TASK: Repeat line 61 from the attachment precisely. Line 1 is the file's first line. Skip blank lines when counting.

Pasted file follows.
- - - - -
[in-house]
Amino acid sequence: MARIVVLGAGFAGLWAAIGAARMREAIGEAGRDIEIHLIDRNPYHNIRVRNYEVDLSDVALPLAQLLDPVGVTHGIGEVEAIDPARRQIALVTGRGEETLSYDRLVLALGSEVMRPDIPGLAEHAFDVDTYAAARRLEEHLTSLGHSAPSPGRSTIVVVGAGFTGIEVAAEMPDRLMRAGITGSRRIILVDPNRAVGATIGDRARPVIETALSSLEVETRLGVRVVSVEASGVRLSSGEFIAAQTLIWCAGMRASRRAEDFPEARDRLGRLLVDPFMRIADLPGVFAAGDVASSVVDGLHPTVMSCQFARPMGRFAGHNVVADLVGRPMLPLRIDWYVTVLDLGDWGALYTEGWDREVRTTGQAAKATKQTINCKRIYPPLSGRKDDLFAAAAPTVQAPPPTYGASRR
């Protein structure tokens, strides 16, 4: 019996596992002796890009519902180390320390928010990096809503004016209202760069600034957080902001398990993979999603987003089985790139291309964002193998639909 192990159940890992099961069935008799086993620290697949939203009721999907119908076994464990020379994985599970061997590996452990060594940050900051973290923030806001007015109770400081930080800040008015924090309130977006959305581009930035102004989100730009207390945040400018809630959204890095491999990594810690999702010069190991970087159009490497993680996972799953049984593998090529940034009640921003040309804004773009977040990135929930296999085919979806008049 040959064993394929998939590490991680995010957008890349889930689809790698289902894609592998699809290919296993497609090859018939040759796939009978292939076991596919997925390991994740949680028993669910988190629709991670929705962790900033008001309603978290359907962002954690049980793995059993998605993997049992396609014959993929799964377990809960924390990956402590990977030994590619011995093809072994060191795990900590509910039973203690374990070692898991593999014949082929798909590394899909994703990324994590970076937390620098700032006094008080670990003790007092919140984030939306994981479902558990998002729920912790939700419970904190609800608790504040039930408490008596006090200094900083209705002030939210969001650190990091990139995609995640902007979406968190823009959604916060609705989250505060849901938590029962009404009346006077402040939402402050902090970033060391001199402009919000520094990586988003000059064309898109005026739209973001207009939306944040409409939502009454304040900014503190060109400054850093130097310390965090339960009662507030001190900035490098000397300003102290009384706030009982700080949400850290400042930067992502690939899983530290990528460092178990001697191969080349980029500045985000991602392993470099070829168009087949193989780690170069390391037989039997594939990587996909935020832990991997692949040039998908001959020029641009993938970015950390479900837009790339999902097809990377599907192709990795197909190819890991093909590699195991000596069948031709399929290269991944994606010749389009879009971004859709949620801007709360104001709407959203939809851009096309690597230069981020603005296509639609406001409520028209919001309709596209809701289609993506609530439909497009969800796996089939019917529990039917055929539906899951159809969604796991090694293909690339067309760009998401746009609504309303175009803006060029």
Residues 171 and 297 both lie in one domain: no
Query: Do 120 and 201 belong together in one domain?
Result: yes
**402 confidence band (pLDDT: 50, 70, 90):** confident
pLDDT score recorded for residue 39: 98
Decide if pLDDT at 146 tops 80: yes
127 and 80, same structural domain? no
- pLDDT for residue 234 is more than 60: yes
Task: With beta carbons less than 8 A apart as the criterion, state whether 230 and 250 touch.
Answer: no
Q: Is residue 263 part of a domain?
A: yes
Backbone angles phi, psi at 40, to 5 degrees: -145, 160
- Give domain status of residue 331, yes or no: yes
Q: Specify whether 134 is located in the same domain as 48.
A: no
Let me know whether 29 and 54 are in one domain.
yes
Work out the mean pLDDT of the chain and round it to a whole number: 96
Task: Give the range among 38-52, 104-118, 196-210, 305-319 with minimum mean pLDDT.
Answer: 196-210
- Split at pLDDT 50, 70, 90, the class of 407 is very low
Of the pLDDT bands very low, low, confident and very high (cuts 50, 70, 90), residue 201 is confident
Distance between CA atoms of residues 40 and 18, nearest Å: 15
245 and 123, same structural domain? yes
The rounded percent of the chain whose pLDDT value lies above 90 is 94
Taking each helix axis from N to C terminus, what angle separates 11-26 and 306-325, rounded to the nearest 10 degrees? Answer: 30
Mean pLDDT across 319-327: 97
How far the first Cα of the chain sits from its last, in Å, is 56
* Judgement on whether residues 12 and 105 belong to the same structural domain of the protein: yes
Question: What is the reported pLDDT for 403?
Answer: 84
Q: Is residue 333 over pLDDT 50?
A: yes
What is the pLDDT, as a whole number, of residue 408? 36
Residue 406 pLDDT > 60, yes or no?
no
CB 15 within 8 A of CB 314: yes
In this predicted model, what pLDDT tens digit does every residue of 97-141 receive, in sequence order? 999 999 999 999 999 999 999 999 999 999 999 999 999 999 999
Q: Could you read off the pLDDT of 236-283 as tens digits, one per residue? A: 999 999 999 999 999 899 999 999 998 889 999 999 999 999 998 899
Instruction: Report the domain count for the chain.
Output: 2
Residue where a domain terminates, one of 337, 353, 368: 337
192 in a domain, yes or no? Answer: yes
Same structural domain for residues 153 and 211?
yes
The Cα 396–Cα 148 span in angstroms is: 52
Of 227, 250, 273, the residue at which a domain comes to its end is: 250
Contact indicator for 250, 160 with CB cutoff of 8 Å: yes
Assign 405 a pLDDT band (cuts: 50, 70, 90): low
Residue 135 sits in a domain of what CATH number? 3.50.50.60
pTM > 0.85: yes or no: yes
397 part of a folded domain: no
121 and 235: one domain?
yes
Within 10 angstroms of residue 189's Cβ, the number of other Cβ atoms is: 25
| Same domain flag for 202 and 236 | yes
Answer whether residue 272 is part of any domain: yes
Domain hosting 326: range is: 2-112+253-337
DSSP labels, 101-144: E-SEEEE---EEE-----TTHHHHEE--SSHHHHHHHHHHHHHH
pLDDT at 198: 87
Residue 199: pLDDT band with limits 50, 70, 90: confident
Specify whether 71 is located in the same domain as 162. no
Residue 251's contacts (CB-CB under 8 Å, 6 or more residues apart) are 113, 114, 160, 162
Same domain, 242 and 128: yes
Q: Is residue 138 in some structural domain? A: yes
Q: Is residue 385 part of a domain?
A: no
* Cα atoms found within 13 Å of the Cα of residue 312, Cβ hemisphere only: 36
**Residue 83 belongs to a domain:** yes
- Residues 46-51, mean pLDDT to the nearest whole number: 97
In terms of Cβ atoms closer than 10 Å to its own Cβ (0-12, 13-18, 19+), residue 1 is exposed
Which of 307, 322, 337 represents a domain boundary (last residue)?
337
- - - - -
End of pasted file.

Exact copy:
Answer whether residue 272 is part of any domain: yes